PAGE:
That is why I like the style of president Buhari. Devaluation is the style of the International Monetary Fund (IMF), but we do not have what to sell at the international market. We are not competitive.
Government intends to recruit 10,000 more officers into the security forces; don’t you see that as having potential to increase the wage burden?
It is beyond the economy, as it has wider implications. But anything that would encourage the maintenance of security is the best way to go. If the military and paramilitary outfits feel they are short of personnel, government has no option but to recruit more officers.
But we must answer a fundamental question nonetheless. Should we put our lives in danger because we don’t want to spend money or spend money on security so that we can have peace? What we must do is to look at all the loopholes in government’s finances and block them. There are a lot of sharp practices going on, especially with ghost workers. If government can plug the loopholes, we should have enough to pay new workers.
How best can government manage the economic cost of reintegration in the Northeast as well as policing the Niger delta in the wake of dwindling oil revenue?
There is no way government can do without such things. The issue of social security is very important. Despite the fact that government is in a tight corner, the revenue is not there. But government should not shy from its responsibilities. Within what we call social objectives, government should find a way to bring in the needs of these people. As long as they are there, they constitute a burden to the society, not only to government. They constitute a threat to the survival of the system. Government must find a way to reintegrate these people into the system. But there are a lot of competing objectives with very meager resources. That is why government needs a set of policymakers who would prioritise needs as they unfold. We are talking about the needs that we see, what about those that we do not see. Do we know the challenges that would come after we address the ones we are currently facing? We hace delath with the outbreak of Ebola and are battling with Lassa fever. We hear of Zika virus, too. All these are shocks in economics, but there must be an absolver.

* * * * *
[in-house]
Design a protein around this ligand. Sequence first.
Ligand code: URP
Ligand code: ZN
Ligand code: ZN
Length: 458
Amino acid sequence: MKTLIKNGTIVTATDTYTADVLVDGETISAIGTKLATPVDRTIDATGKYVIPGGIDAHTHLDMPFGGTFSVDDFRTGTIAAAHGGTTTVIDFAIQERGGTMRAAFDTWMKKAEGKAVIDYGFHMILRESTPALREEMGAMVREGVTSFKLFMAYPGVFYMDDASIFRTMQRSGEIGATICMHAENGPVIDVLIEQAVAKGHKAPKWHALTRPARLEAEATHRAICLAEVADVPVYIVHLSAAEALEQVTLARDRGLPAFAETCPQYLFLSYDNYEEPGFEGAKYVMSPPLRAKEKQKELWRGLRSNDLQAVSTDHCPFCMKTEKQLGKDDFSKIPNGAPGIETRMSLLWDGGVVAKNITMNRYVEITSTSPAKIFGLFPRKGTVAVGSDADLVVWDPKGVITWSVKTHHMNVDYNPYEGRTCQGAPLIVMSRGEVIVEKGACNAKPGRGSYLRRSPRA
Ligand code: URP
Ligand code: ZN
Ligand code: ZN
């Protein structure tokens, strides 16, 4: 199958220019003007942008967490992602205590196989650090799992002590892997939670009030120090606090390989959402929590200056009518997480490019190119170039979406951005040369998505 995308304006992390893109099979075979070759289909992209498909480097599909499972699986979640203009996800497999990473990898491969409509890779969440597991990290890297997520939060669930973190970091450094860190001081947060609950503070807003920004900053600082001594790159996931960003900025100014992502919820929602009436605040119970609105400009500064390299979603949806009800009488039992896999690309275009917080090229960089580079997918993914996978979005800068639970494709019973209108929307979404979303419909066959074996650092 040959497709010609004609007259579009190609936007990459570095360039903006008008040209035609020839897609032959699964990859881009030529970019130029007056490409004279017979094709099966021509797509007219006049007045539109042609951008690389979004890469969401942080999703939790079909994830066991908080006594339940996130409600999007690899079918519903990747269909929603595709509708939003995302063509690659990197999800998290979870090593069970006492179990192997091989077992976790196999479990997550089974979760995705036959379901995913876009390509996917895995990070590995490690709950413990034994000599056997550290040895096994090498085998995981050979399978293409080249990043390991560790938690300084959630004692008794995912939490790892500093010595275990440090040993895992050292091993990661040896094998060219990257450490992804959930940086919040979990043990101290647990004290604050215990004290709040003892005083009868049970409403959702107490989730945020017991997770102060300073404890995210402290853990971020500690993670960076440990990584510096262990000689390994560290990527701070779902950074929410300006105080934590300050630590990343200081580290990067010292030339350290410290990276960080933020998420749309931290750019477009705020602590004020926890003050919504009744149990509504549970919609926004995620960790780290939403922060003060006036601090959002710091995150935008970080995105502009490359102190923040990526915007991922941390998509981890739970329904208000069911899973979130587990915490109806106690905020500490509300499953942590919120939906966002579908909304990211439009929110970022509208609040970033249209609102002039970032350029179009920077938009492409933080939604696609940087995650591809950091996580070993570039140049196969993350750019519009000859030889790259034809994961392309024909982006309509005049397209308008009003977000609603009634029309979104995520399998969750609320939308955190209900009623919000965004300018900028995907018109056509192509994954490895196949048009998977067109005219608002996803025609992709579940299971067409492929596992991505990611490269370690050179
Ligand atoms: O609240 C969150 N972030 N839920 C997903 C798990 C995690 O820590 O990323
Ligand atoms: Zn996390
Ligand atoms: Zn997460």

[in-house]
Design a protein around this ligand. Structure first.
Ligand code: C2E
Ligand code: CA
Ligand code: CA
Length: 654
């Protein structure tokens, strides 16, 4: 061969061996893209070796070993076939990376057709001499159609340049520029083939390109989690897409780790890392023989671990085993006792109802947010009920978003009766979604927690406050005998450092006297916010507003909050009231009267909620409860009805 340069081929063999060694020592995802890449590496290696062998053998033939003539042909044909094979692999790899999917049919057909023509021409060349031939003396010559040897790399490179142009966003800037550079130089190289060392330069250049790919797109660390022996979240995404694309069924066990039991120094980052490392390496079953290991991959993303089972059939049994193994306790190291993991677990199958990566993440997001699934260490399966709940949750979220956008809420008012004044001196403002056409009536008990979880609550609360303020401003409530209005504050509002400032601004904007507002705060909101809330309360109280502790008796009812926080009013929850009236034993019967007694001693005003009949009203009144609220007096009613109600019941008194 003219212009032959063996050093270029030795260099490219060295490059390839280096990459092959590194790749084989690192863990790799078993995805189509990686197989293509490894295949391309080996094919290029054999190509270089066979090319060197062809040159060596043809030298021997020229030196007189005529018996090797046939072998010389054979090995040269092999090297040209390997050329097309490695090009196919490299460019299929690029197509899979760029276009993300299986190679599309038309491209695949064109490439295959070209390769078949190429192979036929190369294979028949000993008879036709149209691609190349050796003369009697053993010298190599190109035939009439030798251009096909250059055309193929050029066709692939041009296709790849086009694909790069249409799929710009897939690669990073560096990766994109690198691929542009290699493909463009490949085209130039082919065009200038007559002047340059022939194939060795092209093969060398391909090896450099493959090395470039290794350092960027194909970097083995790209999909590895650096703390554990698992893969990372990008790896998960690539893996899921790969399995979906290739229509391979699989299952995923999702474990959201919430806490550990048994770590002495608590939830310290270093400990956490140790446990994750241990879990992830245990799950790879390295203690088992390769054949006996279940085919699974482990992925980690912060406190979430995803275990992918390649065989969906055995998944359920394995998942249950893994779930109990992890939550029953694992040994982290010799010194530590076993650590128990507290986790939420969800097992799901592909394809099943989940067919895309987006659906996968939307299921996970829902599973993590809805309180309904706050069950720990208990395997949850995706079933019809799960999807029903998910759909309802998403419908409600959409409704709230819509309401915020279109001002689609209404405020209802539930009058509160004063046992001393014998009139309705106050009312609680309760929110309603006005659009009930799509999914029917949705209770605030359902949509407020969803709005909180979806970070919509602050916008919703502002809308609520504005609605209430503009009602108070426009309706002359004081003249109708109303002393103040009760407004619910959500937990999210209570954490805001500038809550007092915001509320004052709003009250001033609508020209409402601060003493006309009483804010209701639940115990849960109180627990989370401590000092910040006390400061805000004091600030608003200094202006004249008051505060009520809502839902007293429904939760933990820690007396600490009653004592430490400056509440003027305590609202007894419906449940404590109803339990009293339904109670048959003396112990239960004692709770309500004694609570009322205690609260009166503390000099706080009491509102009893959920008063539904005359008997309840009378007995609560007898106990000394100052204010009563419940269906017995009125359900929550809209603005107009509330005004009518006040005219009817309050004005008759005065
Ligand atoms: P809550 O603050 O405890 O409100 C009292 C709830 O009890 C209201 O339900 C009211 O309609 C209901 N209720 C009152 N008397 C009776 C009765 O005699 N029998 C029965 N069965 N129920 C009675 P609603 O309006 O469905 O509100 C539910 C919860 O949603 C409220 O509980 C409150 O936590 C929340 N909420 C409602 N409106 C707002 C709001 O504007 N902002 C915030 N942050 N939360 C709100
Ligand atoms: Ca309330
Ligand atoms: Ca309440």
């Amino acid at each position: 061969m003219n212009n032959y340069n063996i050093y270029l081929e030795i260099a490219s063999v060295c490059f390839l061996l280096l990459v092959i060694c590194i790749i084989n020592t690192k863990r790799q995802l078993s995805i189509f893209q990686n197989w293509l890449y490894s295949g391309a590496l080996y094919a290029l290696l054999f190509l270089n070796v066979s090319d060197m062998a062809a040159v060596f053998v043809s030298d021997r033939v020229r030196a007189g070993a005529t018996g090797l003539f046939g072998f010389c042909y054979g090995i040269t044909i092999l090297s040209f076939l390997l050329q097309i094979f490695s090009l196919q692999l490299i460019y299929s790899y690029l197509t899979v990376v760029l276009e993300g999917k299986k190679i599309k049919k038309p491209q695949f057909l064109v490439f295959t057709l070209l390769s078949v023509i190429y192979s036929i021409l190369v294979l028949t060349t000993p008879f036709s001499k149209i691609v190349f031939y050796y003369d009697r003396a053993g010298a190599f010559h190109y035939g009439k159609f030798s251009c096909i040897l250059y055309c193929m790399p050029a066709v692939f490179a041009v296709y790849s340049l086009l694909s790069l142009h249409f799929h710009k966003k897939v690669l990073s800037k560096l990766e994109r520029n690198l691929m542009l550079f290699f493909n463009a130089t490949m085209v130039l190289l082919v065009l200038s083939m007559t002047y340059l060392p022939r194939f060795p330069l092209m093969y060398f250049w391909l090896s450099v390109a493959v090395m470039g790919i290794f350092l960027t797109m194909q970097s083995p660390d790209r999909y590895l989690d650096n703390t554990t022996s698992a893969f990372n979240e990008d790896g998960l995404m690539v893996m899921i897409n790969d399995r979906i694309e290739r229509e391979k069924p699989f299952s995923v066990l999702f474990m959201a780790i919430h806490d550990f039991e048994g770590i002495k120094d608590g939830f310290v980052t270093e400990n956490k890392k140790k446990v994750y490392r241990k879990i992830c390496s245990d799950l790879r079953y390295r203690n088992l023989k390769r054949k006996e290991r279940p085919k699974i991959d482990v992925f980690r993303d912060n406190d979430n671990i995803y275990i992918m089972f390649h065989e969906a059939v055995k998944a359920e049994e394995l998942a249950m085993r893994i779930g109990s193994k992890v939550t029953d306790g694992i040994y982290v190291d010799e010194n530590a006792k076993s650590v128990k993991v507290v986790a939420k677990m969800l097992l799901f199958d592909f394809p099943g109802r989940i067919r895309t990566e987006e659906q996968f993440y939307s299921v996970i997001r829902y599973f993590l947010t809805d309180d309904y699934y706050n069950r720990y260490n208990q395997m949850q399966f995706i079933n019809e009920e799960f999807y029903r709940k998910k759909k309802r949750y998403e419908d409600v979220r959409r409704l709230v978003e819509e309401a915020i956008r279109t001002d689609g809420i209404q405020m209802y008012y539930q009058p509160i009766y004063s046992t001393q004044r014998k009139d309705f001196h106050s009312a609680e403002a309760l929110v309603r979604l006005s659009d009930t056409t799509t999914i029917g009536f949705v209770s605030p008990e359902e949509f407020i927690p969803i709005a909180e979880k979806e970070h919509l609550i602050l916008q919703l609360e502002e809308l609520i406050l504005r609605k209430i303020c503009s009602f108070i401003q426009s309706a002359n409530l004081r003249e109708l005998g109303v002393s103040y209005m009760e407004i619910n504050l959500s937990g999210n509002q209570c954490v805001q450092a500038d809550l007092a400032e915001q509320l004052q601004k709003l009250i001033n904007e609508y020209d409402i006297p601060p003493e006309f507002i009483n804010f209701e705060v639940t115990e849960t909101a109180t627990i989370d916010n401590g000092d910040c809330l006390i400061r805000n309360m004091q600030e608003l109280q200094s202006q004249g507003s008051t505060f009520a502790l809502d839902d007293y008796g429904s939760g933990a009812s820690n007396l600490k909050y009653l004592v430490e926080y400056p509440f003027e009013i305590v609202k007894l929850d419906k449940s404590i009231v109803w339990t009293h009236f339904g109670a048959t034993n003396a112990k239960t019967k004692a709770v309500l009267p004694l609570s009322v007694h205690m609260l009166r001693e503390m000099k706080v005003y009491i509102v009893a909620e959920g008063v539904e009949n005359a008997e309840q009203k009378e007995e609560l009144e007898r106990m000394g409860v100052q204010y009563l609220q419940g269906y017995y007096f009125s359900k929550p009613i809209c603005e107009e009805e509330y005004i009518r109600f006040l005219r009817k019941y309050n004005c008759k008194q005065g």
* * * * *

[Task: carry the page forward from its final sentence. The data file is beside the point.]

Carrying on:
How best do you think government can address the currency crisis away from the insistence on not to devalue?
Government must find a way to bring FDI into the system. That cannot be achieved without fixing some fundamentals, chief of which are security, infrastructure and ease of doing business. We must look at the models from other emerging economies and compare books. These are some of the issues.
We must also look inwards genuinely and become self-suffienct as an economy. One of our problems in Nigeria is our tastes and preferences. We like luxury items. Until when we are able to reduce that taste and force rich people to pay more for their ostentatious living, we wont get it right. Government can increase the tax on luxury items, ban others and strategise on how to help local industries to emerge. All these are necessary so that we can be competitive in the international market.